pcb fabrication

PCB Assembly Process: 6 Things You Need To Know

Single-sided, double-sided, and multilayered are the three main types of PCBs (Printed Circuit Boards). There are several individual stages deployed in the course of PCB assembly. All of them need to function as a team to produce an overall integrated process. Every stage needs to flow into the next, and feedback after the final stage is necessary in order to maintain quality. By doing so, any issue is quickly spotted and the necessary adjustments are made. Here is an overview of the PCB assembly process.

1. Solder Paste

Solder paste has to be added in requisite areas before any component is added to the board. Some of these areas include component pads, where solder addition is done using a solder screen. Solder paste is in form of minute solder grains laced with flux. This mixture is added to the appropriate place in a manner that mirrors typical printing processes.

By moving a runner across the screen, solder paste permeates through the screen holes and gets deposited on the PCB board. Note that the solder deposits are only found in the solder pads. This is because the printed circuit board files are used to generate the solder screen. Therefore, the solder screen holes are always in line with the solder pads. For the best PCB fabrication result, the solder amount needs to be monitored so that the correct volume goes into the resulting joints.

2. Pick and Place

In this part of the PCB fabrication and assembly process, the board undergoes a process known as pick and place. A pick and place machine takes the components from the dispenser and puts them in the needed location on the board. Tension from the solder paste helps in keeping all the components in their rightful place on condition that the PCB doesn’t shake. In order to keep components secured on the board, some pick and place machines add glue drops during the PCB fabrication process. To avoid repair complications, degradable glue is the best to use during the soldering process.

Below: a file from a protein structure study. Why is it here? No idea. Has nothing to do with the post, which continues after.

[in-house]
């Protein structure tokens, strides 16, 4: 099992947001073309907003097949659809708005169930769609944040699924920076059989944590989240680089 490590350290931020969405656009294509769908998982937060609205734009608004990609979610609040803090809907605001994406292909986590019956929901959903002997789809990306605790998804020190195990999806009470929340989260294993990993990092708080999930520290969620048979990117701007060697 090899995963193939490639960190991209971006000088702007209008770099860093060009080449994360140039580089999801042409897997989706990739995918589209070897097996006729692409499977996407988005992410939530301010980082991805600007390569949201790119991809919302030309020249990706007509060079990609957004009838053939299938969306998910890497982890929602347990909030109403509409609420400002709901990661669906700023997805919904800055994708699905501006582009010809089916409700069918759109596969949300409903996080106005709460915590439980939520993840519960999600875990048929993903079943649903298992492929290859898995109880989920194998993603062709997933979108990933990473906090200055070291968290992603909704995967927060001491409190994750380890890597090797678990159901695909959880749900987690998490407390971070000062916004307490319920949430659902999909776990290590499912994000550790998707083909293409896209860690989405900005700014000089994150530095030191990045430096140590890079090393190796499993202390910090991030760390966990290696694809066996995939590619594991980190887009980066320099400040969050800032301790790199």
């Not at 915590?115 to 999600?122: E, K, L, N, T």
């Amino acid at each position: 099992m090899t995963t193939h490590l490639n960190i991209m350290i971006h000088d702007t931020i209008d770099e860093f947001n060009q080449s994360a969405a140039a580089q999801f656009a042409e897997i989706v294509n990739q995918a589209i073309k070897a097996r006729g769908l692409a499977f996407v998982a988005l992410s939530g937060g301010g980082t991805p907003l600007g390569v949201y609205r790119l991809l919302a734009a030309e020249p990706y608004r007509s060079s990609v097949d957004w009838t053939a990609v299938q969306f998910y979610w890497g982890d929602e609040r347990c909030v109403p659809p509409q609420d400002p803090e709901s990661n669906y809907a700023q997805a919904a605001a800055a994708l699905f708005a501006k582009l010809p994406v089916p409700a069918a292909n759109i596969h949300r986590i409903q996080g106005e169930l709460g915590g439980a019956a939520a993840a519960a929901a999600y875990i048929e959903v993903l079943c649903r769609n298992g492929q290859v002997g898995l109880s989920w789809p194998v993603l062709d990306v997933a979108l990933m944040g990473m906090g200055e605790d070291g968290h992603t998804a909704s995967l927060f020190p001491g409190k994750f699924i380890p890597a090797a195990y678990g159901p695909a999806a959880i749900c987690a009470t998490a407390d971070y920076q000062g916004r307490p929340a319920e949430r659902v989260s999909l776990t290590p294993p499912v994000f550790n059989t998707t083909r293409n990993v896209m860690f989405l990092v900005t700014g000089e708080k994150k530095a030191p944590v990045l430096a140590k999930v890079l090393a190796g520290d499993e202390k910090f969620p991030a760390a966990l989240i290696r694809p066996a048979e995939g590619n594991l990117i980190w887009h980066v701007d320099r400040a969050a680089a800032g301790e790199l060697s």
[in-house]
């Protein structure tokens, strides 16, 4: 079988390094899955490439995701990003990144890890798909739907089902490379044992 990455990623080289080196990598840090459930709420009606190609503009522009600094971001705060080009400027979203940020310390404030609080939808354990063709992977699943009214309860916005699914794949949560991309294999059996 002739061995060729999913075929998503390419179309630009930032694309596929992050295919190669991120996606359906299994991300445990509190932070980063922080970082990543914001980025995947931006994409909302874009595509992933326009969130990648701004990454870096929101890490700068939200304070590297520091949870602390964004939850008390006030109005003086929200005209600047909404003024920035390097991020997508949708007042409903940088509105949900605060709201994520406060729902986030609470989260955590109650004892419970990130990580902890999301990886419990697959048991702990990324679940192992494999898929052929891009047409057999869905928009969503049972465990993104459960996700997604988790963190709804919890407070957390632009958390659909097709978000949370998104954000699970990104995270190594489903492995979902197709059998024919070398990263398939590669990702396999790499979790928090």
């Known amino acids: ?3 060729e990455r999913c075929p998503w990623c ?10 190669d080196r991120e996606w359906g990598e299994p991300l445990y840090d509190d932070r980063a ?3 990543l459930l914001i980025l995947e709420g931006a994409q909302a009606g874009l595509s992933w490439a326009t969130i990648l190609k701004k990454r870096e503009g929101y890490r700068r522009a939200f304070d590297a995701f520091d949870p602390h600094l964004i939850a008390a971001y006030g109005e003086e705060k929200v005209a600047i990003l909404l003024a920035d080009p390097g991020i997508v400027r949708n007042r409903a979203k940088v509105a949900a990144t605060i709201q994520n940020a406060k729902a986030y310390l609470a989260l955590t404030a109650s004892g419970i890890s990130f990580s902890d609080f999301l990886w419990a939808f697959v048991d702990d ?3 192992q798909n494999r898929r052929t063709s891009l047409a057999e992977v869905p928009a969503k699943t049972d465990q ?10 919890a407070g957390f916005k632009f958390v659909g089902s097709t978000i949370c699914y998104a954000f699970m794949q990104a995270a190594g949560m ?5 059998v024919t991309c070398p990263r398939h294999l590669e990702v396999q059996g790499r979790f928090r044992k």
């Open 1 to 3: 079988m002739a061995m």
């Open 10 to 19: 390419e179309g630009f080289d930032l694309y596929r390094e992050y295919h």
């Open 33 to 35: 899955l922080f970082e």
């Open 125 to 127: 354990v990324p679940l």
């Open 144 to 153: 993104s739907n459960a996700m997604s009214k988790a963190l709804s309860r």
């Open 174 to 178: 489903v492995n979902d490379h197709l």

3. Soldering

Now that the necessary components are already on the PCB, it is now time to pass the board through a soldering machine. Though not as common nowadays, some PCB fabrication processes involve passing the board through wave soldering machines. Solder paste addition to the board isn’t necessary with wave soldering because the machine has its own solder. In place of wave soldering, most PCB manufacturers prefer using a reflow oven.

4. Inspection

Once the soldering stage is complete, printed circuit boards need to be inspected. When it comes to surface mounts, manual inspection is impossible considering that the board has many components. It would also need a lot of employees to perform manual inspections and this would not make economic sense. Automatic optical inspection, on the other hand, is a much better way of going about this. These machines have what it takes to detect misplaced components, poor joints, and even wrong components.

5. Testing

Electronic products need to be tested before leaving the factory, and PCBs are no exception. Testing helps in knowing whether the printed circuit board is functioning properly. Some of the methods used to test boards after PCB fabrication are:

  • A quick visual inspection to ensure all electrical components are in place.
  • Analog signature analysis: This involves the use of AC current across two areas of the circuit and electrical components.
  • Functional testing: This helps in verifying whether the printed circuit board does what it is intended to do.
  • In-circuit testing: This involves checking numerous parameters like frequency and voltage.

6. Feedback

Monitoring the outputs helps in knowing whether the PCB fabrication process is going on well. A good way of achieving this is by investigating all detected failures. The optical inspection stage is the best time to do so because it usually takes place after soldering. Therefore, any defects are quickly identified and corrected before the mass production of boards with the same problem.


There are many uses of a printed circuit board today. From televisions to microwaves and anything in between, PCBs are almost everywhere in the electronic world. With the above information, you now know what PCB fabrication and assembly is all about.

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